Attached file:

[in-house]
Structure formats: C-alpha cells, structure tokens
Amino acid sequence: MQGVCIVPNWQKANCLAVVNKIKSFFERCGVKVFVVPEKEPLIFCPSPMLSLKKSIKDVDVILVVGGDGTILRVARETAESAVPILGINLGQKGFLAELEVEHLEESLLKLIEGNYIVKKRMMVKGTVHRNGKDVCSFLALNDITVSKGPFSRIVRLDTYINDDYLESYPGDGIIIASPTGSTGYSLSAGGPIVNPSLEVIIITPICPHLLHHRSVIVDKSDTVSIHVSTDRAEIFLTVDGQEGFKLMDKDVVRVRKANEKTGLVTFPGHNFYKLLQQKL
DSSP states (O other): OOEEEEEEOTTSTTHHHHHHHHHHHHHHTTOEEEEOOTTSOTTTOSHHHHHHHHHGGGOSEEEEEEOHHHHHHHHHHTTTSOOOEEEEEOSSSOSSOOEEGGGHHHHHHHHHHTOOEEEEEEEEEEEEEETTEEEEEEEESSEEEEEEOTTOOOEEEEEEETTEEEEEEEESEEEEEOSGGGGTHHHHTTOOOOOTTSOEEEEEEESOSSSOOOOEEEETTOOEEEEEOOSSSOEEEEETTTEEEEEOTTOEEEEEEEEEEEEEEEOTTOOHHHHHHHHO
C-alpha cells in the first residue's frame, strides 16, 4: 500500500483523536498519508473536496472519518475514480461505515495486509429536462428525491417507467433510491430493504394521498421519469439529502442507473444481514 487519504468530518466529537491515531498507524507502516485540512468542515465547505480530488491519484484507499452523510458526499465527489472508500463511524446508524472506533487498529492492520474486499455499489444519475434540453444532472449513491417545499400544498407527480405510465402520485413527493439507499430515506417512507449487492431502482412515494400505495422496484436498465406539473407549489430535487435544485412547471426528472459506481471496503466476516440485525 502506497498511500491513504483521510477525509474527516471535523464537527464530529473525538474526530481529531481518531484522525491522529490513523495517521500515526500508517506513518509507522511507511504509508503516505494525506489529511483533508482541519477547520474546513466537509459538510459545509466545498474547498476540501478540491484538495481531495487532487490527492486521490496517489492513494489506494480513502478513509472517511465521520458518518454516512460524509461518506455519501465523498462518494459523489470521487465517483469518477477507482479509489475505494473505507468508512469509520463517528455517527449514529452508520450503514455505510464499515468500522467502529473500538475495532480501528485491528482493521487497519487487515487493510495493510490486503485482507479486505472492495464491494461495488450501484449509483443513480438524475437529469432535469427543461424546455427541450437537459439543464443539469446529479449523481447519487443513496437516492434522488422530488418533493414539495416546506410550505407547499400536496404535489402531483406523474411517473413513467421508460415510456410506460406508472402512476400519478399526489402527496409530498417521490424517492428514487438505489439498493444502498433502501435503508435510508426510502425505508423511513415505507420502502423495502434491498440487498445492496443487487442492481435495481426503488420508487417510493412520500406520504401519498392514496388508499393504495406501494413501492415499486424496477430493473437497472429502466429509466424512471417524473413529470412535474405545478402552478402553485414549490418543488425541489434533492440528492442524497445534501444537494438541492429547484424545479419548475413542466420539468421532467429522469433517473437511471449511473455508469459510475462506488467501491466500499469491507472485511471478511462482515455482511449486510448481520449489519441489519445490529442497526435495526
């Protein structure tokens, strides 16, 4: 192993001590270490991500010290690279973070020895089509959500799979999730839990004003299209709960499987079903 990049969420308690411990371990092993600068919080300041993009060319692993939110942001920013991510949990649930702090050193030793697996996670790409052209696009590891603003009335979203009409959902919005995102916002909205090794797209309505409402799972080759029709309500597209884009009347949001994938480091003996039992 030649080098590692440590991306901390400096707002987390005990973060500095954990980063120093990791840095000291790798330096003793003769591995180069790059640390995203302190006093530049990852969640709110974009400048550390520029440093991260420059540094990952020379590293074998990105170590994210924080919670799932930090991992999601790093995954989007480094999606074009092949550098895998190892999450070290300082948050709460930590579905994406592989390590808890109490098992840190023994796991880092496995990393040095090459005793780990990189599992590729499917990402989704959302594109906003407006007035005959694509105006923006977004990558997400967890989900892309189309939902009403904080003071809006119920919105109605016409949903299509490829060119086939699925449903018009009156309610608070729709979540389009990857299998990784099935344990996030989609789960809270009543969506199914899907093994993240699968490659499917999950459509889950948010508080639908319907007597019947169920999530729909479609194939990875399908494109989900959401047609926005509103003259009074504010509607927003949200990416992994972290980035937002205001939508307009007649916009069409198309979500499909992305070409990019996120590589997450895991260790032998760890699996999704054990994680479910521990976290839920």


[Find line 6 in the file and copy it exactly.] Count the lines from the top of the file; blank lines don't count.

């Protein structure tokens, strides 16, 4: 192993001590270490991500010290690279973070020895089509959500799979999730839990004003299209709960499987079903 990049969420308690411990371990092993600068919080300041993009060319692993939110942001920013991510949990649930702090050193030793697996996670790409052209696009590891603003009335979203009409959902919005995102916002909205090794797209309505409402799972080759029709309500597209884009009347949001994938480091003996039992 030649080098590692440590991306901390400096707002987390005990973060500095954990980063120093990791840095000291790798330096003793003769591995180069790059640390995203302190006093530049990852969640709110974009400048550390520029440093991260420059540094990952020379590293074998990105170590994210924080919670799932930090991992999601790093995954989007480094999606074009092949550098895998190892999450070290300082948050709460930590579905994406592989390590808890109490098992840190023994796991880092496995990393040095090459005793780990990189599992590729499917990402989704959302594109906003407006007035005959694509105006923006977004990558997400967890989900892309189309939902009403904080003071809006119920919105109605016409949903299509490829060119086939699925449903018009009156309610608070729709979540389009990857299998990784099935344990996030989609789960809270009543969506199914899907093994993240699968490659499917999950459509889950948010508080639908319907007597019947169920999530729909479609194939990875399908494109989900959401047609926005509103003259009074504010509607927003949200990416992994972290980035937002205001939508307009007649916009069409198309979500499909992305070409990019996120590589997450895991260790032998760890699996999704054990994680479910521990976290839920």